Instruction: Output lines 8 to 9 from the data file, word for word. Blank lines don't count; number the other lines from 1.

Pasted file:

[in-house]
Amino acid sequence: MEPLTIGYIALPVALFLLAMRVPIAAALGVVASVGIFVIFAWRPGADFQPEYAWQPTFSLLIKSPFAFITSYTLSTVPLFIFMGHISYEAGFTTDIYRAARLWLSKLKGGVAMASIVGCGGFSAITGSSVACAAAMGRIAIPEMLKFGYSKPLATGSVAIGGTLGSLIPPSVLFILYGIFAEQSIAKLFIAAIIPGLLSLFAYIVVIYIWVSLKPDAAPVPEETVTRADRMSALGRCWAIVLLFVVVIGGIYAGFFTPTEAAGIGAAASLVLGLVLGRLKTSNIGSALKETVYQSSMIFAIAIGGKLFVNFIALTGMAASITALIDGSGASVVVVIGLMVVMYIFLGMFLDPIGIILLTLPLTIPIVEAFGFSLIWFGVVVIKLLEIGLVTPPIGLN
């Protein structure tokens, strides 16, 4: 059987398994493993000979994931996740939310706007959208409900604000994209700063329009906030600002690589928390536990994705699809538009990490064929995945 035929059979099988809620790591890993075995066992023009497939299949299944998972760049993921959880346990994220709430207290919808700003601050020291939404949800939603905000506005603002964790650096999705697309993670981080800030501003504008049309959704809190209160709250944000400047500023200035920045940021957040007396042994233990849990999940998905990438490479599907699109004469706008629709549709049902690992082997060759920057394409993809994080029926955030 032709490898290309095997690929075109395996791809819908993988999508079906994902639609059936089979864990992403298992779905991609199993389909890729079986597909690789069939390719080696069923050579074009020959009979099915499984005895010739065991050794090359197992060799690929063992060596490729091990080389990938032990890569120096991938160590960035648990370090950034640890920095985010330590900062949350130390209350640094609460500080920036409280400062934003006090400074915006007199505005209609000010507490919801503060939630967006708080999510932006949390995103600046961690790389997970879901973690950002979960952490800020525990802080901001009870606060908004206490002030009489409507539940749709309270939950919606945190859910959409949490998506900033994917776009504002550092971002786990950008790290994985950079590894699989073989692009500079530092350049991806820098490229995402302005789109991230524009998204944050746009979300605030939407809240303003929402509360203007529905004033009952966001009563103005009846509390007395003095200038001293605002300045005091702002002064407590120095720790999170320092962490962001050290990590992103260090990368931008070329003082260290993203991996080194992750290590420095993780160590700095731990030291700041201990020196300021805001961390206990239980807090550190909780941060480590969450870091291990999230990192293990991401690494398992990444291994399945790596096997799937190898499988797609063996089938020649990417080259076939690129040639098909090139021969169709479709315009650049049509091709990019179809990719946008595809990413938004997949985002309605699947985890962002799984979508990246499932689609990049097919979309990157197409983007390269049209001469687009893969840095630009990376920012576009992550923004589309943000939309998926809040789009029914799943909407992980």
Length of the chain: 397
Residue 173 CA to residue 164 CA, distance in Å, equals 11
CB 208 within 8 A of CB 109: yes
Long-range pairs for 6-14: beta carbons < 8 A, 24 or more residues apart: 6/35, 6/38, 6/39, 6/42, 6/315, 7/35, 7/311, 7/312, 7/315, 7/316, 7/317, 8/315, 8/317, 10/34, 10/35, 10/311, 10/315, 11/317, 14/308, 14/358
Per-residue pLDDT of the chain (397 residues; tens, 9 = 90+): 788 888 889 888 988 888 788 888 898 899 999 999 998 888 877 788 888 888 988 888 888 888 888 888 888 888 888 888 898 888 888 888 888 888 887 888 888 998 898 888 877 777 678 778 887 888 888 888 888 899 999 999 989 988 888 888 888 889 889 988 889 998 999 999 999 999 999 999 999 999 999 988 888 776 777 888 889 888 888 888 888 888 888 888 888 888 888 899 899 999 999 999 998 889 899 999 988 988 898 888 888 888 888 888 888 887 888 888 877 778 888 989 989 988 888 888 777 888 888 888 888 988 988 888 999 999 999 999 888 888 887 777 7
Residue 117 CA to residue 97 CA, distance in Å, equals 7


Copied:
Per-residue pLDDT of the chain (397 residues; tens, 9 = 90+): 788 888 889 888 988 888 788 888 898 899 999 999 998 888 877 788 888 888 988 888 888 888 888 888 888 888 888 888 898 888 888 888 888 888 887 888 888 998 898 888 877 777 678 778 887 888 888 888 888 899 999 999 989 988 888 888 888 889 889 988 889 998 999 999 999 999 999 999 999 999 999 988 888 776 777 888 889 888 888 888 888 888 888 888 888 888 888 899 899 999 999 999 998 889 899 999 988 988 898 888 888 888 888 888 888 887 888 888 877 778 888 989 989 988 888 888 777 888 888 888 888 988 988 888 999 999 999 999 888 888 887 777 7
Residue 117 CA to residue 97 CA, distance in Å, equals 7